NetBeans integrates source code control with Git, Subversion, Mercurial, and CVS. The Git support is augmented by a graphical Diff viewer and by a shelving system within the IDE. NetBeans color-codes the Git status of files, lets you view revision history for every file, and shows you revision and author information for each line of version-controlled files. NetBeans has similar integrations with Subversion, Mercurial, and CVS, but I only tested Git.

NetBeans integrates issue tracking with Jira and Bugzilla. In the NetBeans task window, you can search for tasks, save searches, update tasks, and resolve tasks in your registered task repository. NetBeans also has team server integration for sites that use the Kenai infrastructure.

As far as I can determine, NetBeans lacks any JavaScript profiling, although it can profile Java applications and EJB modules. And while NetBeans can refactor Java and PHP, it can’t refactor JavaScript.

Overall, NetBeans is a decent contender for client-side JavaScript, HTML5, and CSS3 development, especially if you are also doing Java, PHP, or C++ development on the server. If you don’t have the budget for WebStorm and dislike Microsoft, you’ll find that NetBeans does the job, as long as you aren’t in a huge hurry.

Cost: Free. Platform: Windows, Solaris, MacOS, Linux. 

Microsoft Visual Studio 2017

In my full review of Visual Studio 2017 I discussed the product as a whole, with only a few references to JavaScript. I’ll reverse the emphasis here.

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Overall, Visual Studio 2017 serves very well as a JavaScript IDE, though it is a better .Net IDE, and it is not as good as WebStorm for JavaScript. While it also serves very well as a JavaScript editor, it’s a better C# editor, and it’s not as good or as fast as Sublime Text for JavaScript.

As you can see in the screenshot below, Visual Studio 2017 does a good job with JavaScript syntax coloring and code folding. It also does a good job with JavaScript code navigation: Right-click on a function or member name, and you can easily jump to the definition or find all references. When you’re done looking at the definition, you can press the back arrow at the top of the interface to go back to where you were.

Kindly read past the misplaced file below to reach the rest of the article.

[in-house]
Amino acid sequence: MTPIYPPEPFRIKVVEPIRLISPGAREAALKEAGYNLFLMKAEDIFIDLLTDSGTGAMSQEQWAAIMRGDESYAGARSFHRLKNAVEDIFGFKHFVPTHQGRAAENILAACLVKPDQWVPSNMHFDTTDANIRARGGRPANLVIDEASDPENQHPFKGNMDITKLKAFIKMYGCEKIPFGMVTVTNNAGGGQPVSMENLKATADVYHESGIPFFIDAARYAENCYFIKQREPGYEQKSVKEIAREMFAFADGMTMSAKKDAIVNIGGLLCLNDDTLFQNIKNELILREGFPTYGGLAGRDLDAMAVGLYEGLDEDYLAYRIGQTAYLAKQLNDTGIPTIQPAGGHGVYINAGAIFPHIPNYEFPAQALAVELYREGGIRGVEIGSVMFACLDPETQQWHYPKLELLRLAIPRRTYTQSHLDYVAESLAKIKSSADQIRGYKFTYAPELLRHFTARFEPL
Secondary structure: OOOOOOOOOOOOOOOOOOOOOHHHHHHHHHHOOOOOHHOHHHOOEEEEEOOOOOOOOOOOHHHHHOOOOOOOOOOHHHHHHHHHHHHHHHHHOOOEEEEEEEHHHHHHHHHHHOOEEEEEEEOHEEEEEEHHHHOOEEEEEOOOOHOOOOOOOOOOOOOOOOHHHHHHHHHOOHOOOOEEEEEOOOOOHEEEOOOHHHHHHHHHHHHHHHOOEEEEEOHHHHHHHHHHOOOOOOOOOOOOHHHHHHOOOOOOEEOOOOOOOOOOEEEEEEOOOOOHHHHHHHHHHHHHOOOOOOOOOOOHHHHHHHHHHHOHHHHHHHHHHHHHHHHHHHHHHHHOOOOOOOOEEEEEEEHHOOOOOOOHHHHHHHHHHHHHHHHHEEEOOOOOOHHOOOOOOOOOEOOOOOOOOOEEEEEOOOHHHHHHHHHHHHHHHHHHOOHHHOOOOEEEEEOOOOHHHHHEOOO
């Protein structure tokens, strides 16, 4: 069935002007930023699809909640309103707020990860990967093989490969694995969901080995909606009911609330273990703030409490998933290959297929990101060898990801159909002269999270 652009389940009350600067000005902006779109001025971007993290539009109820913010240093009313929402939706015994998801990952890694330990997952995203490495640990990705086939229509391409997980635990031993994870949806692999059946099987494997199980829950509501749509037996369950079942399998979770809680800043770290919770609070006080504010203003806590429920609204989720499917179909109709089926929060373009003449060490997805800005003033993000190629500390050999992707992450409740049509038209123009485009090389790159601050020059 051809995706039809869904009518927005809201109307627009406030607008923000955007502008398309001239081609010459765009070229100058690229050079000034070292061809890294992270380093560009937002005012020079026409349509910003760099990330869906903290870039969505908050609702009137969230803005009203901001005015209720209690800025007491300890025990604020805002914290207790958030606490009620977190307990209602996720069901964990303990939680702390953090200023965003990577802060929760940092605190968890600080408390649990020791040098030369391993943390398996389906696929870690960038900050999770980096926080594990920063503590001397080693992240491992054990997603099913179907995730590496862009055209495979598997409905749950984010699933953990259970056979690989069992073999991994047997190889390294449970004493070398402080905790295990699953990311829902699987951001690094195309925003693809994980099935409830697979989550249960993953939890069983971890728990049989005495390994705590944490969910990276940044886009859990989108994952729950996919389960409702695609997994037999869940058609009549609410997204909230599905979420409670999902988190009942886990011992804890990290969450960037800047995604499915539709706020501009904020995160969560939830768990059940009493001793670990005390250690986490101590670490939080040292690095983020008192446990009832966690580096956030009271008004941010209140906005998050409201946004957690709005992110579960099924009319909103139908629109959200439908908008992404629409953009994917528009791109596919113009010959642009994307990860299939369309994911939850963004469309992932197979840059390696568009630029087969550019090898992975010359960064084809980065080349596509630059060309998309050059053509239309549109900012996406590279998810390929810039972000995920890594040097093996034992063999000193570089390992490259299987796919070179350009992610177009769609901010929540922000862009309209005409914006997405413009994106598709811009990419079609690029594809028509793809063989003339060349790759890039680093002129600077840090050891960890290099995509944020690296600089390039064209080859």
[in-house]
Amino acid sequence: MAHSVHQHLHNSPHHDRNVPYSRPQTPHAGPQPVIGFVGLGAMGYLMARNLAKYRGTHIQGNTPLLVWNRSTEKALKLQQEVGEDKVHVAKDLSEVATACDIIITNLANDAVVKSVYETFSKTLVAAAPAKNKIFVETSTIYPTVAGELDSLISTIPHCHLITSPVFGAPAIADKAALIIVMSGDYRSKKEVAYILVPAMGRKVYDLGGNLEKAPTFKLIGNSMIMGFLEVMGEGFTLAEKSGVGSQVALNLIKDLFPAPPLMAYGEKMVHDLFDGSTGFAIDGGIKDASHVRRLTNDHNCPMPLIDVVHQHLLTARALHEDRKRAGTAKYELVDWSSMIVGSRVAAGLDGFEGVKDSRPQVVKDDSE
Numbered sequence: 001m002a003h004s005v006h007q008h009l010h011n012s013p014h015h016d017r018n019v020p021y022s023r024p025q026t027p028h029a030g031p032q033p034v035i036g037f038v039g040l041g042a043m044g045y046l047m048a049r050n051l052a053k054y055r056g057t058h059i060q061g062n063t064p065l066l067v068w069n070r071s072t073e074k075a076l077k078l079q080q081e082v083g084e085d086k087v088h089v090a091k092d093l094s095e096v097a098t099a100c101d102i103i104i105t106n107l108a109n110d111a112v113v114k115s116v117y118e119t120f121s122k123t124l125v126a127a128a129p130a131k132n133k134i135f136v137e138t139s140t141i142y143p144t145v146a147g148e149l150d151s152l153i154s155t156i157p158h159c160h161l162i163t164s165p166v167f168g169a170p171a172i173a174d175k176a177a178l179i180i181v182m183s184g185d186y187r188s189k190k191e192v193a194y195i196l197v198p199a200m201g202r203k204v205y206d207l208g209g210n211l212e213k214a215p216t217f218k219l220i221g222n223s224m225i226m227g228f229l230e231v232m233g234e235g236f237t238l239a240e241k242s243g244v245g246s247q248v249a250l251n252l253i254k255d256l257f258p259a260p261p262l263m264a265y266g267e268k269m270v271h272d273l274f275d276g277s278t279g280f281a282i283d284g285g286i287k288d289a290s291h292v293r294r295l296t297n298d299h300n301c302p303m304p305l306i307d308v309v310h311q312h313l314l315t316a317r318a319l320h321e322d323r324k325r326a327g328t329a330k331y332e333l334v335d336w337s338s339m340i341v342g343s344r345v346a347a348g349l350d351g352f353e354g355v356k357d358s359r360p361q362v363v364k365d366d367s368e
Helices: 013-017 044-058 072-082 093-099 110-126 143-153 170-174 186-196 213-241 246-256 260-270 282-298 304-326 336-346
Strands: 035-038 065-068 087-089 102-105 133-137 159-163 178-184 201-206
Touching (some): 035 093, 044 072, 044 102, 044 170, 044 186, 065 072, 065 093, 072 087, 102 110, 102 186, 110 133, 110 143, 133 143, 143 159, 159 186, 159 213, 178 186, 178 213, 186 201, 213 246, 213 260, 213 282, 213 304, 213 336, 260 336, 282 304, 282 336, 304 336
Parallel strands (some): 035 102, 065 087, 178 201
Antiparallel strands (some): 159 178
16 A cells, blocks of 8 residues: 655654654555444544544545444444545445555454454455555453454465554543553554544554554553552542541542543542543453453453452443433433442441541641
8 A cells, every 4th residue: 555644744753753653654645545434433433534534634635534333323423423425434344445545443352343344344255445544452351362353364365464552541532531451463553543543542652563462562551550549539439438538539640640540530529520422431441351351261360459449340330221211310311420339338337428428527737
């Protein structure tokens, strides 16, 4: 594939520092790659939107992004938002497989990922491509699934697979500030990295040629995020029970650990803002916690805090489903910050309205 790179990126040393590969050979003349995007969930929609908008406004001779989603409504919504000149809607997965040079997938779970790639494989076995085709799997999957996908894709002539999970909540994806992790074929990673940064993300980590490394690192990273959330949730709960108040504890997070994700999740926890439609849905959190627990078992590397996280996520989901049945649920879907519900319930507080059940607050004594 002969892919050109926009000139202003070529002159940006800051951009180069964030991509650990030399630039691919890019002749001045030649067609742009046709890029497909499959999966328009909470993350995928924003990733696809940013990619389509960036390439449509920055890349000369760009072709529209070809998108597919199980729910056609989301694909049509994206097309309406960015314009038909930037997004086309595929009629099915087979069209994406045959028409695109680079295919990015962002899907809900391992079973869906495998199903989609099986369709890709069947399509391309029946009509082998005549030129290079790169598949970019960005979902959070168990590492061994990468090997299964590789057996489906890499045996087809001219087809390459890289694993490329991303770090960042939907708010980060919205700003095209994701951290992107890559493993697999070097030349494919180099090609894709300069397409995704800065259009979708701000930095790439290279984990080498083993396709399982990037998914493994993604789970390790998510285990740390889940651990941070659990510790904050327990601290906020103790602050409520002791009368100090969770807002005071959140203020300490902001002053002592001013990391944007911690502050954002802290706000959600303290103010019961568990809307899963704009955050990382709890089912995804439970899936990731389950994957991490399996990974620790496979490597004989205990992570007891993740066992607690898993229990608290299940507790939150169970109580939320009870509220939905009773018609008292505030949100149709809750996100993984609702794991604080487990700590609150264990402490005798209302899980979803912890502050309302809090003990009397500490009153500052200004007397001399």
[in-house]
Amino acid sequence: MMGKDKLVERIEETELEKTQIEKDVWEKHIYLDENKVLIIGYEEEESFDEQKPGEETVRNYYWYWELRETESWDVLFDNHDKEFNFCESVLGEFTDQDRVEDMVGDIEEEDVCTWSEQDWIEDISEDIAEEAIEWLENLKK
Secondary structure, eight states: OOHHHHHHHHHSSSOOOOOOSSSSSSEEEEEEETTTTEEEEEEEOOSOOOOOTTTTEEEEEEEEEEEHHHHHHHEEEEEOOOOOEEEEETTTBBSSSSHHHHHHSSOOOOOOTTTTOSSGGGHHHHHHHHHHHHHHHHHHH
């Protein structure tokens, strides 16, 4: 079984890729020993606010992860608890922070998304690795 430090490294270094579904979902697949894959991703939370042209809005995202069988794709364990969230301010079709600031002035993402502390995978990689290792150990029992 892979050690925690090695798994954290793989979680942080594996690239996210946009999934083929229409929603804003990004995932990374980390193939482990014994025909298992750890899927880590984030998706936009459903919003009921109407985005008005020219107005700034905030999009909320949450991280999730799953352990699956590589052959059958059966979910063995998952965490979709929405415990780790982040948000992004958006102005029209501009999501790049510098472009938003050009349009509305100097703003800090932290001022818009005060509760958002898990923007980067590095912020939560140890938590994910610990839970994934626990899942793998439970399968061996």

You can easily insert snippets and surround your selection with appropriate code, such as HTML or URL encoding of string variables. Besides JavaScript, HTML, and CSS, you can edit Markdown files and see the rendered Markdown, and you can work with TypeScript.

In addition, you can of course code in any .Net language, in C++, and in Python. And as has been the case for Visual Studio for a long time, you can work with databases directly from the IDE. Visual Studio is especially strong when working with SQL Server databases. You can get away with using Visual Studio instead of SQL Server Management Studio for the majority of database operations you’d want to do as a developer.

Visual Studio 2017 supports debugging in pretty much any browser you care to throw at it, including browsers on mobile devices and in emulators. It also has two browsers of its own: the plain internal web browser, which is (surprise!) a version of Internet Explorer, and the Page Inspector, which shows you the rendered page along with all of the sources and styles. Although the Page Inspector does a lot of potentially time-consuming, reverse-engineering stuff to set itself up for a page, once you’re in it you can stay there without having to juggle Visual Studio, the browser, and the browser’s developer tools.

The performance of Visual Studio 2017 is usually pretty good if you give it enough memory and CPU power, but it tends to require significant resources. Visual Studio 2017 has great performance diagnostics for applications, but by and large they aren’t all that useful for ordinary JavaScript code, which typically runs deep inside a browser. Visual Studio has specific JavaScript function timing, HTML UI responsiveness, and JavaScript memory tools, but they only apply to JavaScript-based Universal Windows Platform projects, not web projects that happen to use JavaScript.

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Visual Studio 2017 has advanced support for Node.js, JavaScript ES6, and TypeScript using the Salsa analysis engine. In ES6 mode it can automatically download (from DefinitelyTyped) the "typings" for Node.js packages you install with NPM, to provide improved IntelliSense. It can also automatically install missing NPM modules, as seen at the bottom left.

Visual Studio 2017 includes excellent Node.js application editing, IntelliSense, profiling, NPM integration, TypeScript support, debugging locally and remotely (Windows, MacOS, Linux), and debugging on Azure Web Apps and Azure Cloud Services. It also has support for CSS, HTML, JavaScript, TypeScript, CoffeeScript, and Less. This includes running JSHint as you type, allowing you to minify JavaScript files from a context menu, and automatically compiling CoffeeScript files on save, showing a side-by-side preview of the generated JavaScript.

At a Glance